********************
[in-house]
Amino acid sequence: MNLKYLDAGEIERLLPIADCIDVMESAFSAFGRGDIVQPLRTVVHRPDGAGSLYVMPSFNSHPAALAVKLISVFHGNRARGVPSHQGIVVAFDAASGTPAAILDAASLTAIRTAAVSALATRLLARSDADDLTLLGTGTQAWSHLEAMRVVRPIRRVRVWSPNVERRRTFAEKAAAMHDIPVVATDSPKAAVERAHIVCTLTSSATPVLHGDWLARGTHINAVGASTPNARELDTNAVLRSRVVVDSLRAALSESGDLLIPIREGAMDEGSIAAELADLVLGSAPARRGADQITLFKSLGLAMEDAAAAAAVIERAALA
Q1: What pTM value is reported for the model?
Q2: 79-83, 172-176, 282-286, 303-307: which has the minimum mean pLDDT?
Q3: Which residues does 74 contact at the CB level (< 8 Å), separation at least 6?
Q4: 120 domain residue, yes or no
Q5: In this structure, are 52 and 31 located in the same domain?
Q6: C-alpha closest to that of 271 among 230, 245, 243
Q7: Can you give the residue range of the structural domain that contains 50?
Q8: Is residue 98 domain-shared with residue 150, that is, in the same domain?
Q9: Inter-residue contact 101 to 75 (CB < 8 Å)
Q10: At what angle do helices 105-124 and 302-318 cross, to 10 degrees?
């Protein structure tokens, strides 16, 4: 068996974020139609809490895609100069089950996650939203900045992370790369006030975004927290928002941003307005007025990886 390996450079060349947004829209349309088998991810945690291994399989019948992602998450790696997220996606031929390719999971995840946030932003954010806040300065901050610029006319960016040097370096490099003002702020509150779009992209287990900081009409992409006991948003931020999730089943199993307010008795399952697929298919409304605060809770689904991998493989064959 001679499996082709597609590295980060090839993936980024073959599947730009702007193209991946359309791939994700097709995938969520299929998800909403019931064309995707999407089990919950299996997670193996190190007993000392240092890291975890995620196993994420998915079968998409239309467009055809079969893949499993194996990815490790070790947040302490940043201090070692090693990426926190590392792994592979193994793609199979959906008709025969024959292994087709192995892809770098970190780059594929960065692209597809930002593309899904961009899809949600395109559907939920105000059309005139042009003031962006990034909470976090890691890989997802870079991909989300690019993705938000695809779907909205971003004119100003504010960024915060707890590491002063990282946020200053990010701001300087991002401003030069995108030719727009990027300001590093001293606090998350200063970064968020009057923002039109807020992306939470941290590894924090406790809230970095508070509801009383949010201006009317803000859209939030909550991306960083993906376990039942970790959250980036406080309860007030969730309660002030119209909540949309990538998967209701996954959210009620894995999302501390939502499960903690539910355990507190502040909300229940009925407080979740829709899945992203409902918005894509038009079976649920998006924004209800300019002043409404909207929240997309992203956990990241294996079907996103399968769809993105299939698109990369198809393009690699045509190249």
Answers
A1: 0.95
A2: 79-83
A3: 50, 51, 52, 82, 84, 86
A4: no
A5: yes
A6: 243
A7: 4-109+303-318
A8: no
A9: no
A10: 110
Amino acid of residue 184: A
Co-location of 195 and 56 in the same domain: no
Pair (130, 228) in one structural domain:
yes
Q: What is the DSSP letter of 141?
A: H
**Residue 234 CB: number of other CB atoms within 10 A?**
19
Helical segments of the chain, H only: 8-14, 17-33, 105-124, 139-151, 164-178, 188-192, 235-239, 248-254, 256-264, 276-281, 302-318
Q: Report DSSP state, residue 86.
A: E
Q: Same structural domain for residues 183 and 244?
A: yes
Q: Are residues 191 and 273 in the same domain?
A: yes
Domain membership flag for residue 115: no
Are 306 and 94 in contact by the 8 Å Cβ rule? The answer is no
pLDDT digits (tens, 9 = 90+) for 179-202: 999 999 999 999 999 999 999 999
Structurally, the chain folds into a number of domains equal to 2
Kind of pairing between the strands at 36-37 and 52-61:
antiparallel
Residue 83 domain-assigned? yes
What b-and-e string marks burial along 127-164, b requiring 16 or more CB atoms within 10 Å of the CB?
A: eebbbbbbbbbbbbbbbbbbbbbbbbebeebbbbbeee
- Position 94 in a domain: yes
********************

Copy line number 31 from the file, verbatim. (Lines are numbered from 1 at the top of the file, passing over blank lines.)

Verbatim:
**Residue 234 CB: number of other CB atoms within 10 A?**